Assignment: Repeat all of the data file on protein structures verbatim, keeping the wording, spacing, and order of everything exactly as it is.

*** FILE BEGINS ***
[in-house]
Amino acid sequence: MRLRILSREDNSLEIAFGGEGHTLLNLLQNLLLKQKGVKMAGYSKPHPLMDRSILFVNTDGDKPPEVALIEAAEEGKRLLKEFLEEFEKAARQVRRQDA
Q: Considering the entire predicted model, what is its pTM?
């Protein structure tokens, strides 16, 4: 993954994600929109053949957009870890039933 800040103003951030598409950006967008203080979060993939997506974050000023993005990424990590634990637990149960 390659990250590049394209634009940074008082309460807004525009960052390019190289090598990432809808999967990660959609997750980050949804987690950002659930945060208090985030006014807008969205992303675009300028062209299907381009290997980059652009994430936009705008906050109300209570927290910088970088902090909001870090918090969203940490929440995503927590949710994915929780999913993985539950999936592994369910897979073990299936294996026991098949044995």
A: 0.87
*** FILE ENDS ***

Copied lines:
[in-house]
Amino acid sequence: MRLRILSREDNSLEIAFGGEGHTLLNLLQNLLLKQKGVKMAGYSKPHPLMDRSILFVNTDGDKPPEVALIEAAEEGKRLLKEFLEEFEKAARQVRRQDA
Q: Considering the entire predicted model, what is its pTM?
């Protein structure tokens, strides 16, 4: 993954994600929109053949957009870890039933 800040103003951030598409950006967008203080979060993939997506974050000023993005990424990590634990637990149960 390659990250590049394209634009940074008082309460807004525009960052390019190289090598990432809808999967990660959609997750980050949804987690950002659930945060208090985030006014807008969205992303675009300028062209299907381009290997980059652009994430936009705008906050109300209570927290910088970088902090909001870090918090969203940490929440995503927590949710994915929780999913993985539950999936592994369910897979073990299936294996026991098949044995």
A: 0.87